A shortfall was revealed in a licence renewal application - the licensee said that since the station went on air in August 2002, eight quarterly issues/program lists for KIBA-FM, whose programming is re-broadcast by KKTR (which replaced a translator that rebroadcast KBIA-FM's programming), had not been placed in the public file because it had been under the impression it had to duty to so. It added that the missing reports have since been put in the file and future lists will be put in the file on a timely basis.
The FCC had issued an NAL for USD 9,000 for the breach of its rules to which the licensee responded by request for cancellation or reduction on the basis that it was is "grossly" out of proportion to its limited budget and would result in financial hardship.
It said that the forfeiture threatened the existence of KKTR-FM- and commonly owned non-commercial FM Station KTRM-FM, Kirksville, Missouri, which had a total budget of only USD 22,600 for 2005.
The FCC noted that evidence of financial hardship had not been provided so it was unable to make a reduction on this basis but reduced the penalty to USD 7,200 on the basis of a history of compliance.
The FCC also continued its actions relating to Media ownership, holding a workshop on Media Ownership and Diversity last Wednesday and also posting notice of a Media Ownership Workshop to be held in Columbia, South Carolina, on February 23: This meeting will have on panel focussing on radio and another focussing on TV.
Amongst the radio issues to be addressed are the current state of the industry and the impact of new technology on it; how media concentration has changed since the agency's last quadrennial review; what, if any, changes should be made to ownership rules because of market conditions; the effect on the diversity of programming and localism in a market where an operator owns multiple stations; and whether the local radio and radio/TV cross-ownership rules continue to be necessary in the public interest.
Previous Licence News:
BAI web site:
CRTC web site:
FCC web site:
Ofcom web site:
2010-01-30: The owners of WLHR-FM in Hartwell, Georgia, whose tower in Lavonia collapsed early today, is blaming the fall on vandalism.
The station is owned by Georgia-Carolina Radiocasting and on its web site CEO Art Sutton comments, "We believe one of the guyed wire sections was deliberately cut which resulted in the tower falling completely over away from the guyed wires cut. There was no ice on the tower. The winds were not very strong. This was a deliberate case of sabotage based on the experience I've gained about radio station towers over the 33 years I've been in the business. If a tower collapses due to wind or the weight of excessive ice, it will collapse upon itself near the base of the tower. It will not fall over in one piece. We have no idea why anyone would do this to our tower, but we will use all the resources of the company to find out why this happened and who caused it."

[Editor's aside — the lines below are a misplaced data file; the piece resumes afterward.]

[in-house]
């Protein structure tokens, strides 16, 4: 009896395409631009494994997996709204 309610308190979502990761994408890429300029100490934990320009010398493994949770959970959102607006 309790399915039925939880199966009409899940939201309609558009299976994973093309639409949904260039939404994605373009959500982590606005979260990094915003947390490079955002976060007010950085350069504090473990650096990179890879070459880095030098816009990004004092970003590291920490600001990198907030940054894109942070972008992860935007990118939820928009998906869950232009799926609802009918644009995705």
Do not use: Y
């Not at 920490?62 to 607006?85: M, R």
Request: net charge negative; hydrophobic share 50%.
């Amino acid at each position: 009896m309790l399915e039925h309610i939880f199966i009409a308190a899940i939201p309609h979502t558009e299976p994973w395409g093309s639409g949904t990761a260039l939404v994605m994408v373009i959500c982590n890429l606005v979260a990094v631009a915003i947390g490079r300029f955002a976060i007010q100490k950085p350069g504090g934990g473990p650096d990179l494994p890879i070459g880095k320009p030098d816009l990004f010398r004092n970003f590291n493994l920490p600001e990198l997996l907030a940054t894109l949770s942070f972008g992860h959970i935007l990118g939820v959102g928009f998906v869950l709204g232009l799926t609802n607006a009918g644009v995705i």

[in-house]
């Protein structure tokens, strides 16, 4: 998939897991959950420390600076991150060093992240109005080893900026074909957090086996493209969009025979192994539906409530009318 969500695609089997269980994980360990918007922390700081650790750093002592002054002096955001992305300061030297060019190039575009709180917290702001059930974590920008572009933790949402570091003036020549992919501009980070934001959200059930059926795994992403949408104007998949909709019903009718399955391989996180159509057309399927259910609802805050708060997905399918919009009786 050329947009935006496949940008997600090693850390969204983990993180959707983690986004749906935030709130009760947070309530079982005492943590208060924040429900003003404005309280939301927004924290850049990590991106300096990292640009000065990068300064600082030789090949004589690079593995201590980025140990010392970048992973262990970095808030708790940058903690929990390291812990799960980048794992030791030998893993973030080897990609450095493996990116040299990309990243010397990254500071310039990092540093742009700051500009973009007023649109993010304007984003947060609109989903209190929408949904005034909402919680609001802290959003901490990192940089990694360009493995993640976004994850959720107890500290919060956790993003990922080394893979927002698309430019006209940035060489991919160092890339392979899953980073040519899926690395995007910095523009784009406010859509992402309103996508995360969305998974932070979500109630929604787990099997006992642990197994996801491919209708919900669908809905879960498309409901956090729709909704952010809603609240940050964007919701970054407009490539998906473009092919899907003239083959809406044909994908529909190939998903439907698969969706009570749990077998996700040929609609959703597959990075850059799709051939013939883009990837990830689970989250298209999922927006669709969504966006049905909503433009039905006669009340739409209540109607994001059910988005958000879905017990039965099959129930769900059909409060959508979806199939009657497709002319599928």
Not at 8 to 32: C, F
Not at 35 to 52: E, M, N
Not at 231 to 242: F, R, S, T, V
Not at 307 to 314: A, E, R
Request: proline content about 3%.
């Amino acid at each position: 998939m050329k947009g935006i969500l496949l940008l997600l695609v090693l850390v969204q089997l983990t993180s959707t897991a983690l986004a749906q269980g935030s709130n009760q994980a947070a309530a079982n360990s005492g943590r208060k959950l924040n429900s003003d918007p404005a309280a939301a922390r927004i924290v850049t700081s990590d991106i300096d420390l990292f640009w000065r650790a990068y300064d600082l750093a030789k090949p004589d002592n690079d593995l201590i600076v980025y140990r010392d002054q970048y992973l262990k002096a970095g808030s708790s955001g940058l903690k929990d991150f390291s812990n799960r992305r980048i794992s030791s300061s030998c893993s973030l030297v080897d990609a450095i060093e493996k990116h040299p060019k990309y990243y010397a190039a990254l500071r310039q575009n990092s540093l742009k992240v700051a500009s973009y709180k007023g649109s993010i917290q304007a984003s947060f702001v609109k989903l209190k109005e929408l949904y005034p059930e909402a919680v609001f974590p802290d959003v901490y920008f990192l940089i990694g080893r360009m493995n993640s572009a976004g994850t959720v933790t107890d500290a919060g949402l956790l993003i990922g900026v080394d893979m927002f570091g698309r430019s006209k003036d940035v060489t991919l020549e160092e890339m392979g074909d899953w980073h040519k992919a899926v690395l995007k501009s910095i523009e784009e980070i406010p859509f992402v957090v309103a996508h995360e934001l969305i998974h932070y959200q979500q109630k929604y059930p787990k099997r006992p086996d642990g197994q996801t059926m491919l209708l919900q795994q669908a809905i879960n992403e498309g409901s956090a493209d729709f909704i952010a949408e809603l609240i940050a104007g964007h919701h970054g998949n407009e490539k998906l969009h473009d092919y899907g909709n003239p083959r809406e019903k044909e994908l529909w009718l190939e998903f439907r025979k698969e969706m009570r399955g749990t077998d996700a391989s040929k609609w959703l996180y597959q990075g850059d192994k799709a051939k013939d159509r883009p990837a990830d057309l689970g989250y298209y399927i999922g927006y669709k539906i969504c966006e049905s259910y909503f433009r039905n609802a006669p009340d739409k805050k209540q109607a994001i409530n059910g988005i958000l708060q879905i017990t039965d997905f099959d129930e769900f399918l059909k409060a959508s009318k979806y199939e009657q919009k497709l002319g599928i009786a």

The signal is currently being streamed and Sutton added that they are looking at putting a temporary antenna on another tower in the county, adding, "Franklin County has an unused tower once used as a TV translator which would work perfectly for a temporary site and allow us to continue providing a quality signal to about 75% of our licensed coverage area."
Franklin County investigator Jimmy LeCroy commented of the fall, "We found this morning that the tower had fallen in a south-westerly direction and the guyed wires had been tampered with. We're interviewing all of the neighbours in the area, but do not have any suspects yet."
WLHR web site:
2010-01-29: Corus Entertainment has announced that it is to shot down two loss-making Montreal AMs at 7p.m. tonight. The closure of Info690 Montréal and AM940 Montreal's Greatest Hits will affect ten positions, eight of them at Info690 - three journalist positions, two traffic reporter positions and three operations positions - and also a technician job and on-air host from AM940.